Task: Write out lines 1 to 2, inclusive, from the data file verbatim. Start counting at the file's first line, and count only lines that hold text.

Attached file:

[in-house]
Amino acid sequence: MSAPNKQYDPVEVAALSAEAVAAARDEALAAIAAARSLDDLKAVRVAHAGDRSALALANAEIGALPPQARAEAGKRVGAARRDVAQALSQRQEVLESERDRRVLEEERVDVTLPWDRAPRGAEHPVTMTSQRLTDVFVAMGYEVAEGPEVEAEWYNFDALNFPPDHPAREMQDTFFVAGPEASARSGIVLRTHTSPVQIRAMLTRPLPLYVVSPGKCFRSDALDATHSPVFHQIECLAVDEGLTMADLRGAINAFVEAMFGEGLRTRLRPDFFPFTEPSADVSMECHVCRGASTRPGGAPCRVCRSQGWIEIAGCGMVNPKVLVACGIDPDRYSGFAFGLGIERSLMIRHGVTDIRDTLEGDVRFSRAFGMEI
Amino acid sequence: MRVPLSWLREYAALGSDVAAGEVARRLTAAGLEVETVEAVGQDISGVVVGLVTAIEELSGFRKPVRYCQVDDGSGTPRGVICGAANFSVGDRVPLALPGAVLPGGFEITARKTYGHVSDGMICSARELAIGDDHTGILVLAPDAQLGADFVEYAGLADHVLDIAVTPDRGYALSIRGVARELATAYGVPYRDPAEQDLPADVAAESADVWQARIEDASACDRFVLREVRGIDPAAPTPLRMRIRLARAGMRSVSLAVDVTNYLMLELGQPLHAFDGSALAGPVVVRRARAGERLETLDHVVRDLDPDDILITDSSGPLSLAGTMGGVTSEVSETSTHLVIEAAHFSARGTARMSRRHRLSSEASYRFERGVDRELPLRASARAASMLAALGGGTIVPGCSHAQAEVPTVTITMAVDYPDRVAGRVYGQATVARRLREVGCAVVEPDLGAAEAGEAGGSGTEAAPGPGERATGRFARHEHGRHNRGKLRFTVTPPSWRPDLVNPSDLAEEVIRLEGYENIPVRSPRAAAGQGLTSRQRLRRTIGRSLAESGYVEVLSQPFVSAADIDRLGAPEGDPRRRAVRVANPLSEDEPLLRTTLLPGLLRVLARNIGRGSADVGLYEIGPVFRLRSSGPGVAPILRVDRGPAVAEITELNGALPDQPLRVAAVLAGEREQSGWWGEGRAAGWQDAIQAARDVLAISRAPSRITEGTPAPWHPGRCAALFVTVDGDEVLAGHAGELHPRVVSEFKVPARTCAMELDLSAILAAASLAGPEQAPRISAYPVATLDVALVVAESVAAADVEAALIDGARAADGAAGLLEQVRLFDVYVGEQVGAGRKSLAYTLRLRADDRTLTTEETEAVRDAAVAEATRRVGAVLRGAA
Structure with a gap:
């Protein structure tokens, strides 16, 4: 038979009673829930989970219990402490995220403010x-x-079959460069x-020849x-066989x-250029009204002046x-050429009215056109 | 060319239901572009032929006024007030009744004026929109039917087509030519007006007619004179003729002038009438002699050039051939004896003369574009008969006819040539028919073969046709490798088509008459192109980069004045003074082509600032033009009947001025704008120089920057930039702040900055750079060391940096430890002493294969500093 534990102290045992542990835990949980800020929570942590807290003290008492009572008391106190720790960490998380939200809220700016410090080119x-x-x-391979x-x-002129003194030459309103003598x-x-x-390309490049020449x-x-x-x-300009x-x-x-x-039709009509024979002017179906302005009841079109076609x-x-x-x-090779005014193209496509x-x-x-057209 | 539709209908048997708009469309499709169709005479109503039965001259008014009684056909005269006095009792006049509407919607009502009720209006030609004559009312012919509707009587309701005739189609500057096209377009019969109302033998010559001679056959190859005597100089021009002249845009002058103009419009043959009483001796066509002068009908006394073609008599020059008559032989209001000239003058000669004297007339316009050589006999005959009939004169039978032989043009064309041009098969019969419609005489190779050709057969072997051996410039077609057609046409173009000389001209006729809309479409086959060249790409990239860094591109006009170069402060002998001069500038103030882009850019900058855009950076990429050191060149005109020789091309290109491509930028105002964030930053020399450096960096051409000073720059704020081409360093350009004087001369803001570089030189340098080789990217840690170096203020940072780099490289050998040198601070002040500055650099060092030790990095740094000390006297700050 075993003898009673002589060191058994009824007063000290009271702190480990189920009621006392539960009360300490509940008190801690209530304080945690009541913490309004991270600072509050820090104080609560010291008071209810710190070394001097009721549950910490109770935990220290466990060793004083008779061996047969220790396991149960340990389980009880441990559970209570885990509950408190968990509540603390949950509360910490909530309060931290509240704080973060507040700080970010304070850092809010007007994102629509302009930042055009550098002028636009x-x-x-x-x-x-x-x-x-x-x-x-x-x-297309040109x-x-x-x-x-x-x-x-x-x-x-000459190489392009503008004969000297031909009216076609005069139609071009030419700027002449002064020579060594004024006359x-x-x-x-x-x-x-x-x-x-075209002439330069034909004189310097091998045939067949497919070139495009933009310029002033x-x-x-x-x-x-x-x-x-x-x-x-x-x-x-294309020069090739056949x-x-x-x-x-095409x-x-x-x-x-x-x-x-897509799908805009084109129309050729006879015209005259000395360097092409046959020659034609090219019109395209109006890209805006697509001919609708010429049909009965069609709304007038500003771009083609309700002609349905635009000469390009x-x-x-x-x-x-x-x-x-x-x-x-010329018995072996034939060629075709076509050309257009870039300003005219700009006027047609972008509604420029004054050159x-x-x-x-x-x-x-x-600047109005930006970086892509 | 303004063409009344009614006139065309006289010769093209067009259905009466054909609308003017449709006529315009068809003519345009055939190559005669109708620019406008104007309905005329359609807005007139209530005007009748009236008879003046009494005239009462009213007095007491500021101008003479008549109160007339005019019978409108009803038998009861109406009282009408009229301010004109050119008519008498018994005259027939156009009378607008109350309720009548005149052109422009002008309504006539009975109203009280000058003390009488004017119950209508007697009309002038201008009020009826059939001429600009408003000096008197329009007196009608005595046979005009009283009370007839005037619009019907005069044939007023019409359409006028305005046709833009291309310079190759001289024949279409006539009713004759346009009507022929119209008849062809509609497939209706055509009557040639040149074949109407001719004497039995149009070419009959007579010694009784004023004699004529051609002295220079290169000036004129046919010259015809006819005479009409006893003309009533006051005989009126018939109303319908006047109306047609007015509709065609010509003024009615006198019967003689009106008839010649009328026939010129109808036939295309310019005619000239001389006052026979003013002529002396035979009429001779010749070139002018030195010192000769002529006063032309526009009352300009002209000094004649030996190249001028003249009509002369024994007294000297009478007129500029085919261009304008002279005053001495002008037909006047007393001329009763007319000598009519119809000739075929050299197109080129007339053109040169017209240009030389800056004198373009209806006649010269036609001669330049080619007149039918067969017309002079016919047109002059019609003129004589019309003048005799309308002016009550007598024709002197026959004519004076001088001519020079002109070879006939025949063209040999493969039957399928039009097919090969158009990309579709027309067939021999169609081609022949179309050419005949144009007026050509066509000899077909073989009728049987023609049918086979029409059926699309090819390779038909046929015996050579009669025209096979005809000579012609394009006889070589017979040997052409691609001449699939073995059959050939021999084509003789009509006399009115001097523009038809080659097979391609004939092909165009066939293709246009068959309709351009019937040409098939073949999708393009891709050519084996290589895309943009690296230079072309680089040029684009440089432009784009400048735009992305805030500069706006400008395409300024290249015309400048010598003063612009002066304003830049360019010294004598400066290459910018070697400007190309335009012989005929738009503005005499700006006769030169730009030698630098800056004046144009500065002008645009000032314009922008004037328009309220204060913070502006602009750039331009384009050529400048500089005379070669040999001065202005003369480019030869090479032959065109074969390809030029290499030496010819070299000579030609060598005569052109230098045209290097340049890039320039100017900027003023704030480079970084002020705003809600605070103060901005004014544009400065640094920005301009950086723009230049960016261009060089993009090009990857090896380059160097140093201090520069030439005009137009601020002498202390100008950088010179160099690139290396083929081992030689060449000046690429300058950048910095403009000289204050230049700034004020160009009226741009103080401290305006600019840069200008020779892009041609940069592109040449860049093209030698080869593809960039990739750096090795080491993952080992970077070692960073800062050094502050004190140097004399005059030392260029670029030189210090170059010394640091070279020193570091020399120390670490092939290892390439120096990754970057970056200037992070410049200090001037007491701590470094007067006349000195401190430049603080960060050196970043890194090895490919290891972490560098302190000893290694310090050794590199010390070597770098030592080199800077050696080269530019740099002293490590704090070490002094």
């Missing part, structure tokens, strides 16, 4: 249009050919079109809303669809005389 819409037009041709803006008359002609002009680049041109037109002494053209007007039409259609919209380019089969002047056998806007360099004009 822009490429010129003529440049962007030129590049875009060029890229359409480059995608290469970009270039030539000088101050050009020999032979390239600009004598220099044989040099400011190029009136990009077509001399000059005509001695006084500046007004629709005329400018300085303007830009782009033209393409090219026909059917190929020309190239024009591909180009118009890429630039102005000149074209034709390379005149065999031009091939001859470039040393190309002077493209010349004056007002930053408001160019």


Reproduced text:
[in-house]
Amino acid sequence: MSAPNKQYDPVEVAALSAEAVAAARDEALAAIAAARSLDDLKAVRVAHAGDRSALALANAEIGALPPQARAEAGKRVGAARRDVAQALSQRQEVLESERDRRVLEEERVDVTLPWDRAPRGAEHPVTMTSQRLTDVFVAMGYEVAEGPEVEAEWYNFDALNFPPDHPAREMQDTFFVAGPEASARSGIVLRTHTSPVQIRAMLTRPLPLYVVSPGKCFRSDALDATHSPVFHQIECLAVDEGLTMADLRGAINAFVEAMFGEGLRTRLRPDFFPFTEPSADVSMECHVCRGASTRPGGAPCRVCRSQGWIEIAGCGMVNPKVLVACGIDPDRYSGFAFGLGIERSLMIRHGVTDIRDTLEGDVRFSRAFGMEI